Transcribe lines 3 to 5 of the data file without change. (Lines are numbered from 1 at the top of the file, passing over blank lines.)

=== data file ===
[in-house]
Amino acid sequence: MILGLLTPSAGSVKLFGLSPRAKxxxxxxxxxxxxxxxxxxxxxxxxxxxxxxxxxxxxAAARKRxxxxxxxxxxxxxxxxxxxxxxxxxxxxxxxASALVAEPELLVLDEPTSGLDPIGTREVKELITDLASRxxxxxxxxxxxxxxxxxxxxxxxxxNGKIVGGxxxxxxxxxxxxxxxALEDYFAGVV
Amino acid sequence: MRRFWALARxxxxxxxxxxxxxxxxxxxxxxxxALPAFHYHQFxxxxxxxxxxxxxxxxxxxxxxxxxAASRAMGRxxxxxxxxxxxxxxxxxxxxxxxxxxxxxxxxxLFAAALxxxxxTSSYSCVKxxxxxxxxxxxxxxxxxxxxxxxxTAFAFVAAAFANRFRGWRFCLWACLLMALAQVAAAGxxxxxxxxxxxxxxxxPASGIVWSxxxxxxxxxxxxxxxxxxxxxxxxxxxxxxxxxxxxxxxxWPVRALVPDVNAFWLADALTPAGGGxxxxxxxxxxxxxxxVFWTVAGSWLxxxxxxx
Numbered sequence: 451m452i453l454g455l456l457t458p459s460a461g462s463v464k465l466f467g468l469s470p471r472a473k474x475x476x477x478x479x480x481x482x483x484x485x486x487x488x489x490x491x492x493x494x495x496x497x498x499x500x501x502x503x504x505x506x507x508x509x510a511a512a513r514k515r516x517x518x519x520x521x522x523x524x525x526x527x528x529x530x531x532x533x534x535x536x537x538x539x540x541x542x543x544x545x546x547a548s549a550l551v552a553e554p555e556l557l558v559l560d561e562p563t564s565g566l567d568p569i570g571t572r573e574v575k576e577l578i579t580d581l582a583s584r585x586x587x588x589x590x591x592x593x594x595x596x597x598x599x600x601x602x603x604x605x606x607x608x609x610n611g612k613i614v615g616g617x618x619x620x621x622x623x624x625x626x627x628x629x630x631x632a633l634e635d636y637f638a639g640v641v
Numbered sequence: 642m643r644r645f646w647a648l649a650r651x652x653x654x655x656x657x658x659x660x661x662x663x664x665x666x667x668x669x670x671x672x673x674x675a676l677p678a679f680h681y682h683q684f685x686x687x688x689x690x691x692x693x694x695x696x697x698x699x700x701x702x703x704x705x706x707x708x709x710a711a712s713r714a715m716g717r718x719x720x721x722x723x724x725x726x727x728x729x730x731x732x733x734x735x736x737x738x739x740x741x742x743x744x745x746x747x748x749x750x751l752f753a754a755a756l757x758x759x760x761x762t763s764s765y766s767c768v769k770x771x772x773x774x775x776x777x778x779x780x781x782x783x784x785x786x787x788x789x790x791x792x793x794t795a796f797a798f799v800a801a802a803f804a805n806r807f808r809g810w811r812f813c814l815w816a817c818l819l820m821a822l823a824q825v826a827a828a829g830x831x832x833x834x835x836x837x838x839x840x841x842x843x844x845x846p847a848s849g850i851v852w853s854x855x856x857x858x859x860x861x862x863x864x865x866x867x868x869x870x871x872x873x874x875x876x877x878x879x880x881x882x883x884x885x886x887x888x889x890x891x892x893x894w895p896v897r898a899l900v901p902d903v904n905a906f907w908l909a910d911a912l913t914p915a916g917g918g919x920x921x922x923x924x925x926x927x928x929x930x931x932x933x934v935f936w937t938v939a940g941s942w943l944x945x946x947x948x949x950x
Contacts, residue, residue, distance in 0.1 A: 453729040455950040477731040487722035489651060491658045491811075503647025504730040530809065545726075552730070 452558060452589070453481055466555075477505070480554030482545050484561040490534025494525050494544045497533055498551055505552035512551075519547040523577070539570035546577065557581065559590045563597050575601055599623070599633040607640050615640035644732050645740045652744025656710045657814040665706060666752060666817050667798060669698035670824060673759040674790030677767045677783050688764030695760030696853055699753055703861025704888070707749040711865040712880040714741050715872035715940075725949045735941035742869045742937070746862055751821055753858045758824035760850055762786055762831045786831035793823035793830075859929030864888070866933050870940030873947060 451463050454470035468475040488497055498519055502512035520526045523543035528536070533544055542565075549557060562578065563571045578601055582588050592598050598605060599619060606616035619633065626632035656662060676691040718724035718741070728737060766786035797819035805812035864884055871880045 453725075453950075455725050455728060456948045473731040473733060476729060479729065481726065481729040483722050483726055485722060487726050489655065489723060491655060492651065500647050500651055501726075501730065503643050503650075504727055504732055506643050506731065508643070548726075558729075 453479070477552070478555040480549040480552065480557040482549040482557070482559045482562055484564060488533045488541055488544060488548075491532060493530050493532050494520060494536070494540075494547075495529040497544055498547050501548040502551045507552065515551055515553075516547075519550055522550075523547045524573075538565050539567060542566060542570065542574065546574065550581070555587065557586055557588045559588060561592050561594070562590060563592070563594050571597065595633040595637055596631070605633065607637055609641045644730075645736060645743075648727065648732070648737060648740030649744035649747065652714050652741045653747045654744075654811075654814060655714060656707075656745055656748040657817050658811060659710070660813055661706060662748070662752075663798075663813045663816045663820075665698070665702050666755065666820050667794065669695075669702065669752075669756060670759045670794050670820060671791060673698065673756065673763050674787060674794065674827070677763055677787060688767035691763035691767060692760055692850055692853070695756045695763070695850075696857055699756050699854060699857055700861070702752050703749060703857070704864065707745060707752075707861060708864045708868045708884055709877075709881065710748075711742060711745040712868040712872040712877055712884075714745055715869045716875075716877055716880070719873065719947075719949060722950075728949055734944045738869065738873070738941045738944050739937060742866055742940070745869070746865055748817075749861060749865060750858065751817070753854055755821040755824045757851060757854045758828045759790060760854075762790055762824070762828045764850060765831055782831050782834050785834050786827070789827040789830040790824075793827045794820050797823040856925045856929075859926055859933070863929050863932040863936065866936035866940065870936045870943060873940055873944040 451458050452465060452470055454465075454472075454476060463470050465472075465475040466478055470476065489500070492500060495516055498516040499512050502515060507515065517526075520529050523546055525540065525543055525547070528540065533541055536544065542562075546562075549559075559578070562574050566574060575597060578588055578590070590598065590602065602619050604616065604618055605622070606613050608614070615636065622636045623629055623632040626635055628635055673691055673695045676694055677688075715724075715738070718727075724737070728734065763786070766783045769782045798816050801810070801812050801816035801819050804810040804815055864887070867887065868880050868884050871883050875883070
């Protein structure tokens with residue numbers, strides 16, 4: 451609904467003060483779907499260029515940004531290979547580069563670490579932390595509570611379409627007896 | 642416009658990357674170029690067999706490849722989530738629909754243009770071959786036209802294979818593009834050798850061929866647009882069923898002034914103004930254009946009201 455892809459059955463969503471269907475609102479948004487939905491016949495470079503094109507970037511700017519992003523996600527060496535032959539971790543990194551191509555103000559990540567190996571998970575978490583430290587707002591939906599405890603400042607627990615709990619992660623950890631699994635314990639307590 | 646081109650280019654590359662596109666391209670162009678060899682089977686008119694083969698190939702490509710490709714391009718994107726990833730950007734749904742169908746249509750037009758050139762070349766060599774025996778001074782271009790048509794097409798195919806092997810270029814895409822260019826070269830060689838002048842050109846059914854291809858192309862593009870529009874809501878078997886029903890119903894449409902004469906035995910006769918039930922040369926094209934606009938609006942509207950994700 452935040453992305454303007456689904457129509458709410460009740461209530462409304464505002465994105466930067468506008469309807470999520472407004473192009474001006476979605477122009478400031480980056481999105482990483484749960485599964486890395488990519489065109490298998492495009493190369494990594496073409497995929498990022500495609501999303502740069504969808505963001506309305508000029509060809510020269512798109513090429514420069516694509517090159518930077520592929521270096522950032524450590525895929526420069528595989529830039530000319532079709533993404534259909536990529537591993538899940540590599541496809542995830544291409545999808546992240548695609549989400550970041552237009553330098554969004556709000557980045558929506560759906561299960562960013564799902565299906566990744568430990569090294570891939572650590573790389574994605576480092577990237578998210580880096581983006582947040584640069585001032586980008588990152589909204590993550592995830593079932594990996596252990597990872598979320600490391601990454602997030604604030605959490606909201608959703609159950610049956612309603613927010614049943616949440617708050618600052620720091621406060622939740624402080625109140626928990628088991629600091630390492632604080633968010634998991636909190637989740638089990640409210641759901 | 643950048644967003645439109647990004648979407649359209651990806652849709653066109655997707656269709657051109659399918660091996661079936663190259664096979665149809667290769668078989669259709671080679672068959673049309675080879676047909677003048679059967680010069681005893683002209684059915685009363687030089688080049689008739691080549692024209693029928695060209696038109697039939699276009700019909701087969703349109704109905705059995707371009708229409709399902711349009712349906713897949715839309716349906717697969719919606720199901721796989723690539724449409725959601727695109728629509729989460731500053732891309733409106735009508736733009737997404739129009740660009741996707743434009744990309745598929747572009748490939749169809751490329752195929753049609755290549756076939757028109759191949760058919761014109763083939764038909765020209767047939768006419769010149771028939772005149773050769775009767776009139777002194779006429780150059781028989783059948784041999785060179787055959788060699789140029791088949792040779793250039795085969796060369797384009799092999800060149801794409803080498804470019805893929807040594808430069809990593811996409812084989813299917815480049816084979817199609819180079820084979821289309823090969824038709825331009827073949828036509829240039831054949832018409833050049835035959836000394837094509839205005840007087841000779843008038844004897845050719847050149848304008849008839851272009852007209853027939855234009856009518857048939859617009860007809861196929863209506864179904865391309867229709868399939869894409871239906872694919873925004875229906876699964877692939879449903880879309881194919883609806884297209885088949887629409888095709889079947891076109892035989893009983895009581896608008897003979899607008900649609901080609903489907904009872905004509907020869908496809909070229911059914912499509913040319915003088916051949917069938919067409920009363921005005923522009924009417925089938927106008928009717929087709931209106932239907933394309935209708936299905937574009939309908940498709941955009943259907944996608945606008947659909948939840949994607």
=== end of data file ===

Amino acid sequence: MRRFWALARxxxxxxxxxxxxxxxxxxxxxxxxALPAFHYHQFxxxxxxxxxxxxxxxxxxxxxxxxxAASRAMGRxxxxxxxxxxxxxxxxxxxxxxxxxxxxxxxxxLFAAALxxxxxTSSYSCVKxxxxxxxxxxxxxxxxxxxxxxxxTAFAFVAAAFANRFRGWRFCLWACLLMALAQVAAAGxxxxxxxxxxxxxxxxPASGIVWSxxxxxxxxxxxxxxxxxxxxxxxxxxxxxxxxxxxxxxxxWPVRALVPDVNAFWLADALTPAGGGxxxxxxxxxxxxxxxVFWTVAGSWLxxxxxxx
Numbered sequence: 451m452i453l454g455l456l457t458p459s460a461g462s463v464k465l466f467g468l469s470p471r472a473k474x475x476x477x478x479x480x481x482x483x484x485x486x487x488x489x490x491x492x493x494x495x496x497x498x499x500x501x502x503x504x505x506x507x508x509x510a511a512a513r514k515r516x517x518x519x520x521x522x523x524x525x526x527x528x529x530x531x532x533x534x535x536x537x538x539x540x541x542x543x544x545x546x547a548s549a550l551v552a553e554p555e556l557l558v559l560d561e562p563t564s565g566l567d568p569i570g571t572r573e574v575k576e577l578i579t580d581l582a583s584r585x586x587x588x589x590x591x592x593x594x595x596x597x598x599x600x601x602x603x604x605x606x607x608x609x610n611g612k613i614v615g616g617x618x619x620x621x622x623x624x625x626x627x628x629x630x631x632a633l634e635d636y637f638a639g640v641v
Numbered sequence: 642m643r644r645f646w647a648l649a650r651x652x653x654x655x656x657x658x659x660x661x662x663x664x665x666x667x668x669x670x671x672x673x674x675a676l677p678a679f680h681y682h683q684f685x686x687x688x689x690x691x692x693x694x695x696x697x698x699x700x701x702x703x704x705x706x707x708x709x710a711a712s713r714a715m716g717r718x719x720x721x722x723x724x725x726x727x728x729x730x731x732x733x734x735x736x737x738x739x740x741x742x743x744x745x746x747x748x749x750x751l752f753a754a755a756l757x758x759x760x761x762t763s764s765y766s767c768v769k770x771x772x773x774x775x776x777x778x779x780x781x782x783x784x785x786x787x788x789x790x791x792x793x794t795a796f797a798f799v800a801a802a803f804a805n806r807f808r809g810w811r812f813c814l815w816a817c818l819l820m821a822l823a824q825v826a827a828a829g830x831x832x833x834x835x836x837x838x839x840x841x842x843x844x845x846p847a848s849g850i851v852w853s854x855x856x857x858x859x860x861x862x863x864x865x866x867x868x869x870x871x872x873x874x875x876x877x878x879x880x881x882x883x884x885x886x887x888x889x890x891x892x893x894w895p896v897r898a899l900v901p902d903v904n905a906f907w908l909a910d911a912l913t914p915a916g917g918g919x920x921x922x923x924x925x926x927x928x929x930x931x932x933x934v935f936w937t938v939a940g941s942w943l944x945x946x947x948x949x950x